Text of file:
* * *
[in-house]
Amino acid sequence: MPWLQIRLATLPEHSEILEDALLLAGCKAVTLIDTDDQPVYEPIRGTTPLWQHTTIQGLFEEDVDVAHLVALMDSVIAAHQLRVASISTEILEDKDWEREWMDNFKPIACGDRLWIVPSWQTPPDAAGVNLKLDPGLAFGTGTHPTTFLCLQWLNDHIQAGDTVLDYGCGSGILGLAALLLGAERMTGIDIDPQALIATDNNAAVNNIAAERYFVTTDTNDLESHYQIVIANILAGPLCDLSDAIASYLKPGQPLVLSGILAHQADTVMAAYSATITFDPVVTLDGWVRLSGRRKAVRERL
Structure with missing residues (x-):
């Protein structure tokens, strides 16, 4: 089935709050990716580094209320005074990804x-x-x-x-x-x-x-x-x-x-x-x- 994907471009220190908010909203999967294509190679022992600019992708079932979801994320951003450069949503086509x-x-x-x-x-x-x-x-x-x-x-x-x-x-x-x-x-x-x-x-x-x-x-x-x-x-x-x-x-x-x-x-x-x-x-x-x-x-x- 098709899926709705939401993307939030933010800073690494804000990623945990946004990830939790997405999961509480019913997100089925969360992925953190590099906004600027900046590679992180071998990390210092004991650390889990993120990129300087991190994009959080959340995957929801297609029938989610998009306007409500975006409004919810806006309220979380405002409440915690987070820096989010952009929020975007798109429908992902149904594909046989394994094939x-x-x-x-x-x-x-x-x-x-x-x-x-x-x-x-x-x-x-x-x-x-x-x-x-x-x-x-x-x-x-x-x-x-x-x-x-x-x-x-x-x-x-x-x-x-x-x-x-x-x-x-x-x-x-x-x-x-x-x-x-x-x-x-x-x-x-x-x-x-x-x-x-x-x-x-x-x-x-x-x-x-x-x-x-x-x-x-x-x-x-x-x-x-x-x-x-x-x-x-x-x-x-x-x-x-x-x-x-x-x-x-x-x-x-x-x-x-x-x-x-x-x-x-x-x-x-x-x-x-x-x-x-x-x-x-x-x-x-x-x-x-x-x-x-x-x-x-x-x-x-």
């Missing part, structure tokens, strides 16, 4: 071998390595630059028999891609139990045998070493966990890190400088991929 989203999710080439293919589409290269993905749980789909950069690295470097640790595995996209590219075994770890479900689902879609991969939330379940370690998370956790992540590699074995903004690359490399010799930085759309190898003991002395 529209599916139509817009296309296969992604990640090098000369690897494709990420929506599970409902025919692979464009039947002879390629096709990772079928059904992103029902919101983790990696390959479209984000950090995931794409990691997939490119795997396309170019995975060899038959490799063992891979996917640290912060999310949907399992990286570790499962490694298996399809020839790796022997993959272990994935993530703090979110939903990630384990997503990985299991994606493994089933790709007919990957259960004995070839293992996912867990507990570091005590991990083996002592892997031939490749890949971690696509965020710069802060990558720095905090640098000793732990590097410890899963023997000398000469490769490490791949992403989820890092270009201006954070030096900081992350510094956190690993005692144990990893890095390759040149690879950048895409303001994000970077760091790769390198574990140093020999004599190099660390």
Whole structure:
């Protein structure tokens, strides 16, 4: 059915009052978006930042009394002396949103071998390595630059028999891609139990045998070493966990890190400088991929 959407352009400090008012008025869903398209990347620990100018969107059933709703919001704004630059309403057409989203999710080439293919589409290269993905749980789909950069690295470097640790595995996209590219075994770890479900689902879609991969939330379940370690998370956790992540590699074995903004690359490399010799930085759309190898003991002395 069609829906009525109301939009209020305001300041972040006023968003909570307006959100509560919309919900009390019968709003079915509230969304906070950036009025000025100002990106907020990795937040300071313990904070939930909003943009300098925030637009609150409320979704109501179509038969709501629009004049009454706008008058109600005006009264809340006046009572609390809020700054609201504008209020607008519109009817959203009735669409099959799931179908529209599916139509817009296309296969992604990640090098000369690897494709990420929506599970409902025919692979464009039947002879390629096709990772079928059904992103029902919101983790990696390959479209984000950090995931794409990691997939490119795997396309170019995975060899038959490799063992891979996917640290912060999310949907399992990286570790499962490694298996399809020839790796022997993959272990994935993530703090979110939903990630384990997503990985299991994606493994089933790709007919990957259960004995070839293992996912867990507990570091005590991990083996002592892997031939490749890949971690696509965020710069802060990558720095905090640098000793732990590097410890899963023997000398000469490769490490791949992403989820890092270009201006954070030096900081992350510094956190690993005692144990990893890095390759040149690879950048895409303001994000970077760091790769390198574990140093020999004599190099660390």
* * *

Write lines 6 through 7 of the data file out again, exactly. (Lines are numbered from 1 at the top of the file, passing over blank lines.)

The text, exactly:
Whole structure:
């Protein structure tokens, strides 16, 4: 059915009052978006930042009394002396949103071998390595630059028999891609139990045998070493966990890190400088991929 959407352009400090008012008025869903398209990347620990100018969107059933709703919001704004630059309403057409989203999710080439293919589409290269993905749980789909950069690295470097640790595995996209590219075994770890479900689902879609991969939330379940370690998370956790992540590699074995903004690359490399010799930085759309190898003991002395 069609829906009525109301939009209020305001300041972040006023968003909570307006959100509560919309919900009390019968709003079915509230969304906070950036009025000025100002990106907020990795937040300071313990904070939930909003943009300098925030637009609150409320979704109501179509038969709501629009004049009454706008008058109600005006009264809340006046009572609390809020700054609201504008209020607008519109009817959203009735669409099959799931179908529209599916139509817009296309296969992604990640090098000369690897494709990420929506599970409902025919692979464009039947002879390629096709990772079928059904992103029902919101983790990696390959479209984000950090995931794409990691997939490119795997396309170019995975060899038959490799063992891979996917640290912060999310949907399992990286570790499962490694298996399809020839790796022997993959272990994935993530703090979110939903990630384990997503990985299991994606493994089933790709007919990957259960004995070839293992996912867990507990570091005590991990083996002592892997031939490749890949971690696509965020710069802060990558720095905090640098000793732990590097410890899963023997000398000469490769490490791949992403989820890092270009201006954070030096900081992350510094956190690993005692144990990893890095390759040149690879950048895409303001994000970077760091790769390198574990140093020999004599190099660390």